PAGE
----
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Bass Lines and a sample bass line for C blues

Bass Lines and a sample bass line for C blues
An important ingredient of solo piano is being able to play a bass line. We’ll have a look at some simple examples, but if you really want to get into this then clearly you need to listen to what bass players are doing and develop your own ideas. But here are some pointers. Let’s talk about - to be specific - a C blues. So our first bar is C7, our second bar is F7. What are some of the ingredients that we can use? First of all roots and fifths.
Secondly we can climb up and down the appropriate scales. In the case of a blues C7 and F7
or down We can use the tones from the chords C7 not necessarily in that order, in any order that seems appropriate
An important thing is when we are coming to a bar with a chord in it, to get to that bar chromatically, either by using a note above or a note below. Suppose, for example, we’re going to F7, we can get to F7 via F sharp - a semitone above - or E - a semitone below.
We can also repeat notes.
Sometimes you hear bass players do quite a bit of this.
If we feel up to it, we can put in some more advanced stuff that bass players use like triplets or grace notes
or whatever.
I’ve written out a sample bass line for you for a standard modern jazz C blues. Let me play it for you first of all.
Now let’s analyse it. First bar C7, we’re just on C triad - notes of C triad. First half of the second bar, F7, we’re on the bottom 2 notes of F7. Now we’re using chromaticism because I’m in in the third bar I’m going to get to G. So I’m getting there in stages - surrounding the G - and then I’m going to walk up to C, but I’m going to get from G to C - I’ve got to have 4 notes before I get there, hence I’ve included a G sharp.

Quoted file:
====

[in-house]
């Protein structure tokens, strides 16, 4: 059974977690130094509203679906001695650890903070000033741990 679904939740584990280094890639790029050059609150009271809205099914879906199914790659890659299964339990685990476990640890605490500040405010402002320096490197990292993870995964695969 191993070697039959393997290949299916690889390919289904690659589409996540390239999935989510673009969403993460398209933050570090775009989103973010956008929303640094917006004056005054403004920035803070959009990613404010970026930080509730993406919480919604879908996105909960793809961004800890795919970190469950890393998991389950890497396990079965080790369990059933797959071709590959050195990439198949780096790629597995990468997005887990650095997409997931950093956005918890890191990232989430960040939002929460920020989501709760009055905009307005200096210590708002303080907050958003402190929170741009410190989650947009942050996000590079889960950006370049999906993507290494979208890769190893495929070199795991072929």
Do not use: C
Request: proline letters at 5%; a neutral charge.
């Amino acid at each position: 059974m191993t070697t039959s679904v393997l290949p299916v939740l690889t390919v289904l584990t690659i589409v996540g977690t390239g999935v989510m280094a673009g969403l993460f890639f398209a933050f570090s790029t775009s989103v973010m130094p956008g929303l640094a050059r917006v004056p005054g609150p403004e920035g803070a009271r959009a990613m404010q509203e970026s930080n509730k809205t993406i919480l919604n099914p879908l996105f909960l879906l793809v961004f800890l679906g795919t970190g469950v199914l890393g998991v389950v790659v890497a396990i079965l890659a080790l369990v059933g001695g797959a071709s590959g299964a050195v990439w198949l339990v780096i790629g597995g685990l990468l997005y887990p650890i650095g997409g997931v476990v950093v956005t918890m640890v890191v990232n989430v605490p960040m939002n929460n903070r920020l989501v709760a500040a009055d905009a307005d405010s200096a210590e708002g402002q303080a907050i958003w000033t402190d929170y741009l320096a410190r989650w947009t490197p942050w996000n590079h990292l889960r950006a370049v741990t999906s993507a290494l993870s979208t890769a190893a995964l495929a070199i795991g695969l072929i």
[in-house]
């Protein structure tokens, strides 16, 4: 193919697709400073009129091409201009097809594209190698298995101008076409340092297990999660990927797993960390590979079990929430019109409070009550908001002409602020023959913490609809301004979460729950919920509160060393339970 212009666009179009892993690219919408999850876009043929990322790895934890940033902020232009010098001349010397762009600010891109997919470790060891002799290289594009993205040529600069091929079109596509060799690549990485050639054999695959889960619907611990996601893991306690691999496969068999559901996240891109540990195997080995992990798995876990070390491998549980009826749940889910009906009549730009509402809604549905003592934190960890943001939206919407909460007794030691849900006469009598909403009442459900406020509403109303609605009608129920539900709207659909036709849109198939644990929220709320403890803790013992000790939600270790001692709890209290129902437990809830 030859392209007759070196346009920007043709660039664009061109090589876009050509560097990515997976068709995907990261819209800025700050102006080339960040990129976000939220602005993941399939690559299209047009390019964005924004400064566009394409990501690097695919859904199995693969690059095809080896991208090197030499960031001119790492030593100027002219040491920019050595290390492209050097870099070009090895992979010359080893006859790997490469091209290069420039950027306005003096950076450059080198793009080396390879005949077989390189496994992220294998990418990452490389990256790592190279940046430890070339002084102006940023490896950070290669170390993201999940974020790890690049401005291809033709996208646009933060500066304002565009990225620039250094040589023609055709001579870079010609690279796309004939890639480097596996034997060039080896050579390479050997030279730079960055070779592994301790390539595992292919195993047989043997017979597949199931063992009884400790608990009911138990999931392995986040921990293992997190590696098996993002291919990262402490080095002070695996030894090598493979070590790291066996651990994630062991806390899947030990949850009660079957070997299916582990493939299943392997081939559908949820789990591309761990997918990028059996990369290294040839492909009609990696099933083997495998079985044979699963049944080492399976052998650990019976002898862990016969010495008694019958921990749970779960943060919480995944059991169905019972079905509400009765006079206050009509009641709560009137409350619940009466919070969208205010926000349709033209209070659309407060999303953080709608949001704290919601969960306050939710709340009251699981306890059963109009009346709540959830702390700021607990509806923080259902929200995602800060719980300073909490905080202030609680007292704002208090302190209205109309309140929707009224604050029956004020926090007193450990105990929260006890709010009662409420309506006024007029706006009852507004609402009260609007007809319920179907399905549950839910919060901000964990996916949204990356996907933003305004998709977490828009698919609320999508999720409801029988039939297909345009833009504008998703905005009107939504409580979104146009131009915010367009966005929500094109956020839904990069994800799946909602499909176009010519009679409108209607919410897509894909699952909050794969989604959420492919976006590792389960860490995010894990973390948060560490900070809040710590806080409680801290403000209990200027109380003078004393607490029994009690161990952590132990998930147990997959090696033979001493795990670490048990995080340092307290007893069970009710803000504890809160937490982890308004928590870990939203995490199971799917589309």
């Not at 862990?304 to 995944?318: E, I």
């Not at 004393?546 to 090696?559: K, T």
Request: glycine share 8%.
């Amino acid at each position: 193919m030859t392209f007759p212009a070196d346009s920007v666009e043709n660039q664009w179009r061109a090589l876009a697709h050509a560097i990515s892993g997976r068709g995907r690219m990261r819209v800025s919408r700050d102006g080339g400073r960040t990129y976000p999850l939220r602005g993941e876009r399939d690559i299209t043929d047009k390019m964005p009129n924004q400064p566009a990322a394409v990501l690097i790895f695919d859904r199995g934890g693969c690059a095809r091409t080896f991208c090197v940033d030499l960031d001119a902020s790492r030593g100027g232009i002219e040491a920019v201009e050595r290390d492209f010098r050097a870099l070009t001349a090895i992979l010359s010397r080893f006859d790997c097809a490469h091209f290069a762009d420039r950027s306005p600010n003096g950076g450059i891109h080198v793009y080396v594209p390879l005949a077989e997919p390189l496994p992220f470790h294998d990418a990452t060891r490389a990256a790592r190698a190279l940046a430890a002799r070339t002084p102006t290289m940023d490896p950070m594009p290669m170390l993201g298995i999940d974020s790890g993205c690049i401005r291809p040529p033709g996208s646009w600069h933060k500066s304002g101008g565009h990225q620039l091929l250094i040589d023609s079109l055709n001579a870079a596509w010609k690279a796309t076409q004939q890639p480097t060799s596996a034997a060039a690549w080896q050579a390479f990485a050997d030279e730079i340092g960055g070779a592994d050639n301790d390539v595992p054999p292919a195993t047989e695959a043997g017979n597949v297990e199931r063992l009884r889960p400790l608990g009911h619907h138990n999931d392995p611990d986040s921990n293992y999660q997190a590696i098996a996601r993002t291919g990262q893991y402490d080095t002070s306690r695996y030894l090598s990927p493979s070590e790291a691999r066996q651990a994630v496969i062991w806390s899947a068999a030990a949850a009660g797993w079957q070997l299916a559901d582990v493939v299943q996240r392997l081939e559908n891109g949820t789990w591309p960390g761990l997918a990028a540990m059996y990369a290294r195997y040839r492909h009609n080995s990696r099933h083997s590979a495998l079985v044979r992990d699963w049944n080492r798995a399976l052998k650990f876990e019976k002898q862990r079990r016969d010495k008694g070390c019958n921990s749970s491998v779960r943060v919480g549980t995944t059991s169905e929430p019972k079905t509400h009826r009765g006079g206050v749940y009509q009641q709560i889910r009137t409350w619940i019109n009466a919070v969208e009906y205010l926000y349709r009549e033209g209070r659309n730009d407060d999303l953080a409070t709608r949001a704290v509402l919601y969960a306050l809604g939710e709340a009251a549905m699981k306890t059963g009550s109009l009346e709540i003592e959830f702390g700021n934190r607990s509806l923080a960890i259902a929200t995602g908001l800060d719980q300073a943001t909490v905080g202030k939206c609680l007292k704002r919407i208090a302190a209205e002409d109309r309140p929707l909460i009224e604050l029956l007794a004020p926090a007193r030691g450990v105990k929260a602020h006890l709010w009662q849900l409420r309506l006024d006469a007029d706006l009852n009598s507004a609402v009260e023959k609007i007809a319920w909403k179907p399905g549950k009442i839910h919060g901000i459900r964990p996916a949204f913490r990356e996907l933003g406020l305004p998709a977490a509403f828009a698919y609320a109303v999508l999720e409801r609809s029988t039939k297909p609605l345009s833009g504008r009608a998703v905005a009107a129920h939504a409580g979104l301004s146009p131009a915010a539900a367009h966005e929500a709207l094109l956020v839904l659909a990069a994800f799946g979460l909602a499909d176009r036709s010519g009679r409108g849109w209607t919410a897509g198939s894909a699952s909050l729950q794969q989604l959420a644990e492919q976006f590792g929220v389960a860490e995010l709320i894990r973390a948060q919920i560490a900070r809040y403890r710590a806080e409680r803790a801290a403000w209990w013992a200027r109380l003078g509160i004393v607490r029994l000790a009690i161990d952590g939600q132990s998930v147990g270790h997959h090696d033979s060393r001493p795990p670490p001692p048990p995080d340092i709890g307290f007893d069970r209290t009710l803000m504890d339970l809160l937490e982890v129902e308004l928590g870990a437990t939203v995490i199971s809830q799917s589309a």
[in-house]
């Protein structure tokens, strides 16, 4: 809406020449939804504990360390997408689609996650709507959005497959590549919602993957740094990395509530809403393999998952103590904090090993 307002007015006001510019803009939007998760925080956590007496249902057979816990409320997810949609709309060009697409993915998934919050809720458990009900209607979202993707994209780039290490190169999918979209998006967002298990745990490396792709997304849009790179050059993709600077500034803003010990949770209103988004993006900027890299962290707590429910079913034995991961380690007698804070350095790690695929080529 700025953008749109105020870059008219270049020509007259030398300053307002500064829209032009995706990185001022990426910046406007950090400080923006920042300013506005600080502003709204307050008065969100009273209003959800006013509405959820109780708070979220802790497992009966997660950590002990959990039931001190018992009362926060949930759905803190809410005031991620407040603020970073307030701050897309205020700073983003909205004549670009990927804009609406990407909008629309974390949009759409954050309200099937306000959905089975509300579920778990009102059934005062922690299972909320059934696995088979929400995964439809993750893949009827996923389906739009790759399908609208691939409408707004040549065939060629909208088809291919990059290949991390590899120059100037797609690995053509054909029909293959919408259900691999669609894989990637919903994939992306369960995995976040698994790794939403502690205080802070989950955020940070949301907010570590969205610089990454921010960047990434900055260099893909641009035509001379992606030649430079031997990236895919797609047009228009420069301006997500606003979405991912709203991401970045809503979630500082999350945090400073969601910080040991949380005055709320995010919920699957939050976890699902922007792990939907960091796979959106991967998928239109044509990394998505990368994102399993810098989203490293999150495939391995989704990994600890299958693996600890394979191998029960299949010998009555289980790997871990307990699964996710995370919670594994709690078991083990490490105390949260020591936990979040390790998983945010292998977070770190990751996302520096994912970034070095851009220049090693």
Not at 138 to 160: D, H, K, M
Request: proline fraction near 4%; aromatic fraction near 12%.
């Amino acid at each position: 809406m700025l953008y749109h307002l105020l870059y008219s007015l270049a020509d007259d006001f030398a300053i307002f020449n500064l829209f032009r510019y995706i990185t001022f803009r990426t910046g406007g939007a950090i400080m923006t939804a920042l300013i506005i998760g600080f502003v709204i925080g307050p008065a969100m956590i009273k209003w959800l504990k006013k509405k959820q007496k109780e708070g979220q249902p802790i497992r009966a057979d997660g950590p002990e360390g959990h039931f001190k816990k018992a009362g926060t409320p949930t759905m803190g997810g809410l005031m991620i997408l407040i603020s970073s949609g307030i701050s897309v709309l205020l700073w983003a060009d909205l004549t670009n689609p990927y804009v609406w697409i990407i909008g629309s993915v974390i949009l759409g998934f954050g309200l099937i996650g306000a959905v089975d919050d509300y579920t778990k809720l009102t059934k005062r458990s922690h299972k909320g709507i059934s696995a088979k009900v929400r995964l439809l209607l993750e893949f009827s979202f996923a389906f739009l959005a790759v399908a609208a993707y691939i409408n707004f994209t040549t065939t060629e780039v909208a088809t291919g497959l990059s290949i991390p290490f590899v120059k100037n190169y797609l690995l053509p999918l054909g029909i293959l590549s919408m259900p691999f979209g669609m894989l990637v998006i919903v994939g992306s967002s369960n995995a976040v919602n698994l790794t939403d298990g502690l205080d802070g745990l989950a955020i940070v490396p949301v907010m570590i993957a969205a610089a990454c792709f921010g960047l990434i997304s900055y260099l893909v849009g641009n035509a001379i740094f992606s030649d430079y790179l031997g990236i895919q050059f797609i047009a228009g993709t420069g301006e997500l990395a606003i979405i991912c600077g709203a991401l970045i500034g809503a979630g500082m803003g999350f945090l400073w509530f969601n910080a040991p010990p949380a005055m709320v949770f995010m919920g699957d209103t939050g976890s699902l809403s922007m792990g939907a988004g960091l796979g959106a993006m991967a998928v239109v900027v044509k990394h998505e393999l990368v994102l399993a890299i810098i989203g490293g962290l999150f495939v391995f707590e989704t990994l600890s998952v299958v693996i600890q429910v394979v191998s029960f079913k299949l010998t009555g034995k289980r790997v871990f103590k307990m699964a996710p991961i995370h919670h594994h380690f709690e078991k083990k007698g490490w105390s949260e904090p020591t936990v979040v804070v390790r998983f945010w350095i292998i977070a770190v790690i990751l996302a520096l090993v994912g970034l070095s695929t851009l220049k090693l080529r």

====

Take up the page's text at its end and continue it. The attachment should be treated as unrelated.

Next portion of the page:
Then I’m on the notes of the chord C7 and now in the fourth bar the last nore is a semitone transition to F. I’m in bar 5 now - repeated note - still just on the bottom notes of F7. Repeated notes - same thing again - I’m going to get to G in bar 7. So I’m going to get to it by sort of surrounding it chromatically and then I’m just using the notes of C7 in bar 7, but that B flat is useful because it gets me chromatically down to A - A7 in bar 8 - fifth, root - semitone below this time going to D.
Then I’m going to walk all the way up to C but I need to put in some accidentals to have enough notes.
Last 2 bars - a turnaround in C - and I’m going to use this chromatic movement from above to A to D and to G - and then from below to C. Some analysis of a sample bass line. If you’re playing this in a duo format, say with another horn player like a sax player, for example, then it’s typical to play bass lines and put chords in in the right hand. These are the same chords that we know about already, but this time they’re played by the right hand, not the left hand. For example, for a C blues the first chord is C7, use a thirteenth shape - we get that - or with some thickening - that.
Then F7, with some thickening. Then other chords are A7, D minor7, G7 and C7.
Let’s have a go. 1,2,3,4.
That’s the sort of sound one might put behind a horn player. The other thing is we need to be able to improvise on this in the right hand. Like this.
Of course, when you’re doing this fully fledged, so to speak, then you have to make up both lines. How do you do that? To a certain extent you can use partly pre-determined lines in the left hand, or sections in the left hand, but basically you have to keep transferring your attention to the left - to make sure it’s playing the right notes to get you where you need to get to - and then to the right - to make sure that you’re improvising.

We look at some approaches for developing a simple bass line and then consider one for a C blues.

You can download the chart for a “Sample Bass Line for C Blues” in PDF format at the bottom of this step.

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